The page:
In a digital world, every company out there is making use of computers and networks for their daily operations. More often than not, businesses turn to third-party providers when they start out, but as they grow and expand they consider in-house options more, including installing a business server. Having your own server can be a considerable advantage – but what exactly do you need to look out for when setting one up?
Look into Your Storage Needs
A server is first a foremost your best ally when it comes to storing and accessing data – so the first thing you need to do is to take a step back and examine how much space your business needs. Think ahead and take your future needs into account, too, so that you don’t have to spend too many funds into upgrading later. In general, picking a server with a minimum four hard-drive bays is a good place to start, as these will offer a good capacity for storage and allow you to support up to RAID 5. RAID is a technology used for block-level striping and RAID 5 in particular offers distributed parity across the drives, which means that if one of them fails, you do not lose any data.
Keep Your Server Safe
Making sure that you safeguard your data is key to choosing a server, as there is always the option that it may experience issues – and this could be very costly. According to research published by Statista, the worldwide average hourly cost of an enterprise server crashing rose to between $301,000 and $400,000 for 24% of businesses in 2017 and 2018, while 14% estimated the cost at more than $5 million and another 12% from $1 million to $2 million. Setting up tools that boost your server’s security can also go a long way toward ensuring optimal and uninterrupted performance. A WAF (Web Application Firewall) can effectively protect your applications against threats such as SQL Injections or authorized attacks by analyzing incoming requests to stop malicious intruders.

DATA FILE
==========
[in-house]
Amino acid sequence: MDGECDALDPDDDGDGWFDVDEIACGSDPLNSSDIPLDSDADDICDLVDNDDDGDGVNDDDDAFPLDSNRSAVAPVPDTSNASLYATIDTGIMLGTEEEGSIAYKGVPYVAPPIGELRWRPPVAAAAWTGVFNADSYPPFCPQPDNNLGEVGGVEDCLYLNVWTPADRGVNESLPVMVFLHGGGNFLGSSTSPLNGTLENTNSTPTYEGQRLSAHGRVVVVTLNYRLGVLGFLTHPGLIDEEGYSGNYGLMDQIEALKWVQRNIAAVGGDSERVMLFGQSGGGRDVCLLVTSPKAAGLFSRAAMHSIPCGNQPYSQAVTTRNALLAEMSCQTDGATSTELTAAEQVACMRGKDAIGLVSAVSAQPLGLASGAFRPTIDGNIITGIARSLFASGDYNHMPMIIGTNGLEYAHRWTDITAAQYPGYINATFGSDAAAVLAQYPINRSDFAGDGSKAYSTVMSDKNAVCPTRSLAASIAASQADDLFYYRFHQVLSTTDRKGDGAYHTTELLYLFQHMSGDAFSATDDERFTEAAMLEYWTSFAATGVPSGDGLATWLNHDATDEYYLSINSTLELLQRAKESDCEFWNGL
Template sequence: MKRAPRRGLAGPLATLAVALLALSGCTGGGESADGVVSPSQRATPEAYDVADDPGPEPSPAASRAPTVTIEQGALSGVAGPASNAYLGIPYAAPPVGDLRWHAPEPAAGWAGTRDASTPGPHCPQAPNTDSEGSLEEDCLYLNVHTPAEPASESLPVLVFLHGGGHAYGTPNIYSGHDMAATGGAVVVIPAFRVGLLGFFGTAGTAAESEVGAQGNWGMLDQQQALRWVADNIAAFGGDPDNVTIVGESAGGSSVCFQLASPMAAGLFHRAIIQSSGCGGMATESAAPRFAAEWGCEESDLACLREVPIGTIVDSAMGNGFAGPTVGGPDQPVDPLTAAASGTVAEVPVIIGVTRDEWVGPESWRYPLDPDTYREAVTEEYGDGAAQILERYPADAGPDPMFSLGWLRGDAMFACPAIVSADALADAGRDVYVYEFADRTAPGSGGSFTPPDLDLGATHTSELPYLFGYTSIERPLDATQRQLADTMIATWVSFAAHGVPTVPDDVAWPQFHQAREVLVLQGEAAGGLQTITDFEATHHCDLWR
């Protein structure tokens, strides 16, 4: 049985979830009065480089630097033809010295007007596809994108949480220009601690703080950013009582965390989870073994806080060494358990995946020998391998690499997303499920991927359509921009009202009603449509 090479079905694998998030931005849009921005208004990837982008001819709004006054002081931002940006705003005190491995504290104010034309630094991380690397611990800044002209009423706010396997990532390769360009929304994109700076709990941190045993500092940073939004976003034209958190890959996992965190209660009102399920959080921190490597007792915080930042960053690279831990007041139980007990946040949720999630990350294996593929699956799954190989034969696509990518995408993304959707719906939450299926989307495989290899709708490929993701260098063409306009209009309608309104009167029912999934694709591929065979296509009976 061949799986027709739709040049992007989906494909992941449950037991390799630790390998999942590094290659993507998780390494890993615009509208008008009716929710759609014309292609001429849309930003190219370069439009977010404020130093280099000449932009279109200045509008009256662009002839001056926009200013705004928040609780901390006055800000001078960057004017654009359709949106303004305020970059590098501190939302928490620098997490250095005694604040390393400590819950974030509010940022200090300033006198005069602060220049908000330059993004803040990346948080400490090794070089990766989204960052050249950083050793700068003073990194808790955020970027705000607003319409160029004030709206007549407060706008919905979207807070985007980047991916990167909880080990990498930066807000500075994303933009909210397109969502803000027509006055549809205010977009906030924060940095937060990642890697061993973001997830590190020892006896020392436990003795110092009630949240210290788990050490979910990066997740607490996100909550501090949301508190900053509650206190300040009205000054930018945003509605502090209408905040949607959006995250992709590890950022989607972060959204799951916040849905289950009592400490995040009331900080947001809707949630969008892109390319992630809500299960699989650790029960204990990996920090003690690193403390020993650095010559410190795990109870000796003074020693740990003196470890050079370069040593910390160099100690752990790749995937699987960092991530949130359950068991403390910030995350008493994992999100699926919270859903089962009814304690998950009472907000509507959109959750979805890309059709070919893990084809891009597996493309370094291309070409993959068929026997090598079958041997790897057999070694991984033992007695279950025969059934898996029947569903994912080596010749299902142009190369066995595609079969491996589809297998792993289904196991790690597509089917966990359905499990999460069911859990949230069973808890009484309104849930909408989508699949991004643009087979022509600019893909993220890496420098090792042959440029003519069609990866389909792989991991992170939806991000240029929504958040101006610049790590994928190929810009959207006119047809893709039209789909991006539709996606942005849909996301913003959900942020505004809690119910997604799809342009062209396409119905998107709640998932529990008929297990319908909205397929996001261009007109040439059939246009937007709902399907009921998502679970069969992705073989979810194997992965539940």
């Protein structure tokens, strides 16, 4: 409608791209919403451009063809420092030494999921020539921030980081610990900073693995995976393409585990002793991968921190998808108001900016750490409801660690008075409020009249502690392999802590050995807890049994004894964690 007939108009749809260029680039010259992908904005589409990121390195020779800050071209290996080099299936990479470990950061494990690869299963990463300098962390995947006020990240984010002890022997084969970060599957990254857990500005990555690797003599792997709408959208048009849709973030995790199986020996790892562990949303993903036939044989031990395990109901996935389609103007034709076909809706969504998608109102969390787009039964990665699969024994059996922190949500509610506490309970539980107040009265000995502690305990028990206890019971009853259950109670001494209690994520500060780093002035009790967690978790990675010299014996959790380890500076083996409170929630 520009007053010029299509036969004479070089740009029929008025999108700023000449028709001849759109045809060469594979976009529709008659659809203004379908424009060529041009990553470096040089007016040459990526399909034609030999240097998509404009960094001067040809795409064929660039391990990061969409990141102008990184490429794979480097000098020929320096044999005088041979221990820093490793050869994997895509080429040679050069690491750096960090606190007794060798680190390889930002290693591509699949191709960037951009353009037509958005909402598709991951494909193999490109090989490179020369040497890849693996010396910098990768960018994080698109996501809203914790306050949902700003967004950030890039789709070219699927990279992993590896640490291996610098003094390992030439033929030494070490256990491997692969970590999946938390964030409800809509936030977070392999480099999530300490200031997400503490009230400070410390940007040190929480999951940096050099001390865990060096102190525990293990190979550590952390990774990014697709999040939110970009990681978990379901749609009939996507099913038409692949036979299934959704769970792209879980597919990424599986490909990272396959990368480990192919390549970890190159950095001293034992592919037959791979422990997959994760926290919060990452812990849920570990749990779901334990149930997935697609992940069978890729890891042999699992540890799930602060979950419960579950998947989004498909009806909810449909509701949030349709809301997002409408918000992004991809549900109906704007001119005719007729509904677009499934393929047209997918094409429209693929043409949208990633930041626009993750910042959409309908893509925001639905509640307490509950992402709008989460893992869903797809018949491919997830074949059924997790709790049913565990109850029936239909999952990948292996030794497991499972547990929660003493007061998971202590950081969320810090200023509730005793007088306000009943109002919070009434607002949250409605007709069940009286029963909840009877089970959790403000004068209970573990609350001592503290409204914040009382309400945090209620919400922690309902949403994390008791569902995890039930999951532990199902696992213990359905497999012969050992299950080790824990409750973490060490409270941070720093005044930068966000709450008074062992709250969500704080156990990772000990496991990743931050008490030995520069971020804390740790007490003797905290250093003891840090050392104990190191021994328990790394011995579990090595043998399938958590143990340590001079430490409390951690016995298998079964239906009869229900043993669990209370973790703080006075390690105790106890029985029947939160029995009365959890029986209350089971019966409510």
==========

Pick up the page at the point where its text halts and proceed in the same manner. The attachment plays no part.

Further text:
Set Up a Small Server Room
Another question is whether to go for SSDs (which stands for solid state drives) or the less reliable and older tech electromechanical HDDs (hard disk drives) for your server. SSDs are newer, faster, better-performing and less vulnerable to physical damage – but this also makes them more expensive. But you could always go for a server that allows you to run both types of drives at the same time, so you can opt for HDDs for general data and a more trustworthy SSD for your valuable operating system. Finally, depending on the size of your business, think of setting up a dedicated server room. This does not have to be that big to start with – it could even be a small closet, as long as it keeps your servers isolated. This will help protect your hardware, allow you to better manage it, and also reduce noise and distraction for your employees.
It might seem intimidating at first, but getting your own enterprise server might be just the key to allowing your business the necessary wiggle room in order to truly flourish.